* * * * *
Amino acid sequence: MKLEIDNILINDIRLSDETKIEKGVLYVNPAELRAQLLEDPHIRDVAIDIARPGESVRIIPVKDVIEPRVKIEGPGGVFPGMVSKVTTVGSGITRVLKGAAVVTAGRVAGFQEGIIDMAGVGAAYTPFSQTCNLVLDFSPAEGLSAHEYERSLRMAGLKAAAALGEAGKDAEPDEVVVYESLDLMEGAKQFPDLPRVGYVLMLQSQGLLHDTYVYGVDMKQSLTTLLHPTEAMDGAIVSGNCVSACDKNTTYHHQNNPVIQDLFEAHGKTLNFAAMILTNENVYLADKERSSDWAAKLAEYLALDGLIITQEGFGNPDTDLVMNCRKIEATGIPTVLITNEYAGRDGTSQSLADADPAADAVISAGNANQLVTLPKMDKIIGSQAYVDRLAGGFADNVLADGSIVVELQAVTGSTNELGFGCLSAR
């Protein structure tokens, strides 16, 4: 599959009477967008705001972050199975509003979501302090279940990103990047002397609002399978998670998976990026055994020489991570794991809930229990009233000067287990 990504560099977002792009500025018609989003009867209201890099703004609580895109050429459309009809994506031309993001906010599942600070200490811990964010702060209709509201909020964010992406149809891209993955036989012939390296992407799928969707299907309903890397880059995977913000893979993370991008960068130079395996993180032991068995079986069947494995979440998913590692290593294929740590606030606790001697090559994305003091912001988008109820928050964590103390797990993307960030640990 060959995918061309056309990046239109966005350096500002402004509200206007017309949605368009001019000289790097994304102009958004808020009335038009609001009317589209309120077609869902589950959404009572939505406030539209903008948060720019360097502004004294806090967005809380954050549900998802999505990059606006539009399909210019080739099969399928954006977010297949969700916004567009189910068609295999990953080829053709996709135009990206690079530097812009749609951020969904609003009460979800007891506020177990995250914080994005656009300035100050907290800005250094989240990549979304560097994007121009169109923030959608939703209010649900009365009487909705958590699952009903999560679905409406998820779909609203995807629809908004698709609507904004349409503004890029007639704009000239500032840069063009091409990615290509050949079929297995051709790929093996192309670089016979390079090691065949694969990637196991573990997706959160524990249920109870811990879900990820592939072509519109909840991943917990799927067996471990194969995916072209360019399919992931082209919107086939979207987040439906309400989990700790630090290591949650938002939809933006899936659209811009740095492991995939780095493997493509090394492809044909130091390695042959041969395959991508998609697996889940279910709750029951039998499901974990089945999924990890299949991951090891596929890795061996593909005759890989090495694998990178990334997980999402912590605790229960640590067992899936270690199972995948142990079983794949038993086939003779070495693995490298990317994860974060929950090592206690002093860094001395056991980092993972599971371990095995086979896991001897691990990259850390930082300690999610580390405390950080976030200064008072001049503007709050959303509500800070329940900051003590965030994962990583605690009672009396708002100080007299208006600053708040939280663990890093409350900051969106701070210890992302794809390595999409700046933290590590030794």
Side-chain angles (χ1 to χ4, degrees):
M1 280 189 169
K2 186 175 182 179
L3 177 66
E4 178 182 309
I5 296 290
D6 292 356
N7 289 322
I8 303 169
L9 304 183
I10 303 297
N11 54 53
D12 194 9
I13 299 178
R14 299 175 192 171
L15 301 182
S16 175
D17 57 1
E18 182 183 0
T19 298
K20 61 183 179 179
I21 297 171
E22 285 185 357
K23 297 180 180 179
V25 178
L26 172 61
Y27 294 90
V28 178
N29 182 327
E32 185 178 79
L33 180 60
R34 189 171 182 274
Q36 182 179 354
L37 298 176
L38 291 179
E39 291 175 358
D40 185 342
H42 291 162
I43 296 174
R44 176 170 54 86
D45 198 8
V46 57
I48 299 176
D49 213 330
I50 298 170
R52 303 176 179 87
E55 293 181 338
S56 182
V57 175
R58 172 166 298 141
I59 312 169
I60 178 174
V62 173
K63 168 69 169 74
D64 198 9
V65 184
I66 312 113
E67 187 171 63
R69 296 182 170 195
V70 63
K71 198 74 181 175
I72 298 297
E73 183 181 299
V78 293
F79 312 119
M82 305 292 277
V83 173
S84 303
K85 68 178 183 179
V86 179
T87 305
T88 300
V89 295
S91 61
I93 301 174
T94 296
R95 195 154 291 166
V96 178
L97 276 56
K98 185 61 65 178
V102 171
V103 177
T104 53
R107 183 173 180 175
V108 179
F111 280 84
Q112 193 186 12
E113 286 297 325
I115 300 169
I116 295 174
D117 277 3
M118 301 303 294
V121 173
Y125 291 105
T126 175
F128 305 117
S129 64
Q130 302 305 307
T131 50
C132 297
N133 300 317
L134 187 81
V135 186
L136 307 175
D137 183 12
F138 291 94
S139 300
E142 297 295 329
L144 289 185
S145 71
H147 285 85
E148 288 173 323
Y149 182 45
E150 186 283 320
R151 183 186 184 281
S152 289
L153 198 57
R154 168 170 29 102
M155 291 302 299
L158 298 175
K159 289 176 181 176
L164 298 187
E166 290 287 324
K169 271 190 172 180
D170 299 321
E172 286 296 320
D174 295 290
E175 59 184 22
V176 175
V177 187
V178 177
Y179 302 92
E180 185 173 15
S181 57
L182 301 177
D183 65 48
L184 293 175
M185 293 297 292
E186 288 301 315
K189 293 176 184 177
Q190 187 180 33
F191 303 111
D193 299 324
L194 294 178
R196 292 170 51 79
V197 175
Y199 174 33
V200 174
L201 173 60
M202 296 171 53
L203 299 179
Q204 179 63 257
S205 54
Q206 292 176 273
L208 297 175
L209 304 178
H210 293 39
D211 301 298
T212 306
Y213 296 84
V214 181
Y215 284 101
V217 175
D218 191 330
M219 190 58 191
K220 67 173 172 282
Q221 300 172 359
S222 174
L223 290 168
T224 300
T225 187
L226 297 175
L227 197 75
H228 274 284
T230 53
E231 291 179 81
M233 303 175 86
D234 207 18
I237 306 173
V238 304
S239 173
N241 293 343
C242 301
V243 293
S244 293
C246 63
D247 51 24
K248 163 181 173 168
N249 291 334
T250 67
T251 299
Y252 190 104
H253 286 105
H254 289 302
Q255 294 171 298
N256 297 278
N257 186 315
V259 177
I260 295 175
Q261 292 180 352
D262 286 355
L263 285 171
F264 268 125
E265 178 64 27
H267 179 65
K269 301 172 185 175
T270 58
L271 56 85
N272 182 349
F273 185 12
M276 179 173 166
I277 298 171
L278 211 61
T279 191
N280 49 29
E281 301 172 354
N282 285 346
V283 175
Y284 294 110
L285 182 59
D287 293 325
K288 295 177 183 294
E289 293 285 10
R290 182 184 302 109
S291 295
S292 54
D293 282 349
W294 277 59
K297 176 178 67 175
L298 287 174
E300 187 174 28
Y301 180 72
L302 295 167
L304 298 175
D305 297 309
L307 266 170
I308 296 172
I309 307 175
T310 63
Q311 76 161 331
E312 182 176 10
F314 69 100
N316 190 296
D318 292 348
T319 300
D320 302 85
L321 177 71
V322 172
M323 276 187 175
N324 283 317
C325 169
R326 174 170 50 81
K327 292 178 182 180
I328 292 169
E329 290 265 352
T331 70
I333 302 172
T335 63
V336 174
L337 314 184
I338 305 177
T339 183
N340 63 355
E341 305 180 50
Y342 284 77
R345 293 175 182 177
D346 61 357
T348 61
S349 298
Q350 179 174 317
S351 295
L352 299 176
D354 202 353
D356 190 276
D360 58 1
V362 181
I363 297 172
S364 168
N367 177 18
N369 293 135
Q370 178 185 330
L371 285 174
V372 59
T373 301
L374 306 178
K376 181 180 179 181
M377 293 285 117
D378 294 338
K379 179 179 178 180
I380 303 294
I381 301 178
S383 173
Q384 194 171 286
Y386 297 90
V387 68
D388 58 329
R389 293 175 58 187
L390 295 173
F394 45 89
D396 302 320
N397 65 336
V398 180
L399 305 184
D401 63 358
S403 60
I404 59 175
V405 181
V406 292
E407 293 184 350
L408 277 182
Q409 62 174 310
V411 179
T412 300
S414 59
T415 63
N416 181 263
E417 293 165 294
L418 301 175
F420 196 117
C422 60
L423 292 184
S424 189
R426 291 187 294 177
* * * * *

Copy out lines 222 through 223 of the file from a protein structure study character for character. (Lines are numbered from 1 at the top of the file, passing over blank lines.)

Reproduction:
L285 182 59
D287 293 325